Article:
Hip Arthroscopy for Groin Pain


Release Date Monday 19 September 2011

Patients regularly travel from a wide area to the specialist orthopaedic hospital at Oswestry, especially from Shropshire, Cheshire, Wales and the West Midlands. Mr Tom Pirson, 29, came from the Isle of Man to The Robert Jones and Agnes Hunt Orthopaedic Hospital NHS Foundation Trust for keyhole surgery of the hip joint twice in the last 12 months. This type of surgery is only performed in specialist centres.

In spring 2010, Tom initially suffered what he thought was a groin injury, which came on suddenly when he made a simple movement. He was referred by his GP to Mr Ross Barker, an orthopaedic surgeon in the Isle of Man. Thankfully this surgeon had previously trained under Mr Sudheer Karlakki at Oswestry, so he knew who would be able to treat the problem.  Following diagnosis of bi-lateral femoro-acetabular hip impingement (FAI), a secondary referral was made to Mr Karlakki. Tom Pirson, who is a senior IT Engineer,  had his first hip scope on 23 July 2010. He was off work for two months after the injury, until his surgery and rehabilitation was complete.

Tom explains, “When I initially saw Mr Barker, he explained that I could have remedial surgery now to remove the sharp pain or put up with it, but then I might well need a hip replacement in five years time. I was unable to get about, had to stay at home and use a stick and strong painkillers and wasn’t able to drive to the office to work, so there was no question of simply living with it. The benefits of the surgery have been enormous and I came back willingly to have the same procedure on the other side 12 months later in July 2011.  I count myself as very fortunate to have been referred to someone who has already successfully undertaken this procedure many times.”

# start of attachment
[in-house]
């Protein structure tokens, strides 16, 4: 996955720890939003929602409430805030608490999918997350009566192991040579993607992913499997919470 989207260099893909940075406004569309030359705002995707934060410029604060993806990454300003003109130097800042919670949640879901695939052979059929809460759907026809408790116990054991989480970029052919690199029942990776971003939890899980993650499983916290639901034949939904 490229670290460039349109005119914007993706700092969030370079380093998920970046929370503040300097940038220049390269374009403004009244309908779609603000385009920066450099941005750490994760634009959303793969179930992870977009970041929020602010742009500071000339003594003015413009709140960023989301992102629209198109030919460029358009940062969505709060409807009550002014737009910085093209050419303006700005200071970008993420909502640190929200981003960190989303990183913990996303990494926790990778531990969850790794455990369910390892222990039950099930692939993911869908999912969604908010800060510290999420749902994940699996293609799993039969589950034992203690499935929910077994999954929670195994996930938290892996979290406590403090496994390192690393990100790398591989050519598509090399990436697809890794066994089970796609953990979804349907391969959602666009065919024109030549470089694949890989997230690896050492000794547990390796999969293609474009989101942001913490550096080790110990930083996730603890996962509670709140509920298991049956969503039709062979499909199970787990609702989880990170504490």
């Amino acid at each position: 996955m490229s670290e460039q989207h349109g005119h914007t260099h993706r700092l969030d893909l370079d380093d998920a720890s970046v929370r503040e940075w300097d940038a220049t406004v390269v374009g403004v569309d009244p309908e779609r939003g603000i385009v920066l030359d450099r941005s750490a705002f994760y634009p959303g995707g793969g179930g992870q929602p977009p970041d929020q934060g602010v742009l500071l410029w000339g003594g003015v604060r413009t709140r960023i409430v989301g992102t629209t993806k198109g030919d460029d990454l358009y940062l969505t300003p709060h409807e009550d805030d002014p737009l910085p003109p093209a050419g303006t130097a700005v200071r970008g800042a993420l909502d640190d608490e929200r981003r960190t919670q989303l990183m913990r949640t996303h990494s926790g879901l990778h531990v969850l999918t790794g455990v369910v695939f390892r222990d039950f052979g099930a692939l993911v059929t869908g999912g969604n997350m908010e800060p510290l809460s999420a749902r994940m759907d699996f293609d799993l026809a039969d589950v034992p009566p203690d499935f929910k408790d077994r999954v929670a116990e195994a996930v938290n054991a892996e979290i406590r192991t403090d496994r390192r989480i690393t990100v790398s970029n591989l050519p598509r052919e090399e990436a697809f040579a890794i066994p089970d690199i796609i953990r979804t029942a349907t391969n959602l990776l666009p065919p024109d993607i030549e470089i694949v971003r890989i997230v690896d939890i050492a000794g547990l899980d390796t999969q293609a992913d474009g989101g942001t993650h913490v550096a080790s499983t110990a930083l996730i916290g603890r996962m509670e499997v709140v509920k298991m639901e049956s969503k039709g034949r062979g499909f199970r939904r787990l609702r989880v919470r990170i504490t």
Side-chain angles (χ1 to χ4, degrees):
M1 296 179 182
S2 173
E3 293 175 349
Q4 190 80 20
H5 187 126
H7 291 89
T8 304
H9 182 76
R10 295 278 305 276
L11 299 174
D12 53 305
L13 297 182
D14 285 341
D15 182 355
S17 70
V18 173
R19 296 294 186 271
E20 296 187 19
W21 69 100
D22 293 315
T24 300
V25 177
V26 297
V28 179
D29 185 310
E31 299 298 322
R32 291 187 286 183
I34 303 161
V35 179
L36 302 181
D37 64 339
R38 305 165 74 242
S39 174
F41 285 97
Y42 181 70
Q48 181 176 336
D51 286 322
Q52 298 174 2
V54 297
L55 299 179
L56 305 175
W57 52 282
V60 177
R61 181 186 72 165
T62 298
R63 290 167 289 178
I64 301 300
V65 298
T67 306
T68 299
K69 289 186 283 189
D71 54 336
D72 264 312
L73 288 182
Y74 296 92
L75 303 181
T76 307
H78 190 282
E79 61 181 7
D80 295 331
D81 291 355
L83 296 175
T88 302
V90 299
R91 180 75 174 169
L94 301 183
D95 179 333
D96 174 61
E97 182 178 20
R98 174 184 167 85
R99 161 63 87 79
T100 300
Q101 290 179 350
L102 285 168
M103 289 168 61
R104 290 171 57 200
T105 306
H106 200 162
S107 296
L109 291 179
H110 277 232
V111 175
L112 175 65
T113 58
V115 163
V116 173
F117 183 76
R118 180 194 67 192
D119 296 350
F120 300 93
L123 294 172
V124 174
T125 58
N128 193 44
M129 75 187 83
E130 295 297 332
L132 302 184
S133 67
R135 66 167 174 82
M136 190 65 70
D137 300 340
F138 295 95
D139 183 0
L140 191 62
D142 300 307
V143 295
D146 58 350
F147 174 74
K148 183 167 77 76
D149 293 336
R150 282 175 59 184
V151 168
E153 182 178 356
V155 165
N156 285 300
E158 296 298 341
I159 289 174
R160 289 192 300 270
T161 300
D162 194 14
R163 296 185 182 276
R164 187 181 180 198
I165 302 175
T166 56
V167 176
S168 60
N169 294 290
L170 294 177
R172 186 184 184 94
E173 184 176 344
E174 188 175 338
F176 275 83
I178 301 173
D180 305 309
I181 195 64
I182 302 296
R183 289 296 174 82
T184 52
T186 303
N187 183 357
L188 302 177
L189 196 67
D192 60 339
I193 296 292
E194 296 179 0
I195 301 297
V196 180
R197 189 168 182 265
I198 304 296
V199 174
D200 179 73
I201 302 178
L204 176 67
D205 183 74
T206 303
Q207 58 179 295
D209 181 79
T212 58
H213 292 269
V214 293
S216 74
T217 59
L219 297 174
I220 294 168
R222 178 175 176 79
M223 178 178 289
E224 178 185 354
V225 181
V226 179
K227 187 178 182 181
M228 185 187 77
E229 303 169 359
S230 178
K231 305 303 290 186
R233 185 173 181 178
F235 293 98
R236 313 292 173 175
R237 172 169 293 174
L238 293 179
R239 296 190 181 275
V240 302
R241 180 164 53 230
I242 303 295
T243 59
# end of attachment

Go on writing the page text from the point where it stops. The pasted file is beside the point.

Mr Karlakki, Consultant Orthopaedic Surgeon explains, “Whilst this procedure is not new, it is still not in widespread use and it has come on leaps and bounds over the last five years. If the indications are right, it works extremely well, showing an 80% improvement, which is an excellent result. It is particularly suitable for younger patients, from 18 upwards, where the articular cartilage is still intact. It can make a significant improvement to pain and lifestyle and possibly prevent the need for premature hip replacement surgery.”

He continues, “Femoro-acetabular impingement is at the mechanical join of the femoral head neck over the acetabular rim with a resultant tear in the labrum (a fibro-cartilage structure that surrounds the rim of the hip socket). Treatment is surgical removal of the bony lumps, sometimes with removal or repair of the torn labrum. I undertake about 60 -70 of these a year and the operation requires about an hour. It enables the correction of sharp hip pain, so that people can get on with their normal lives.”
 

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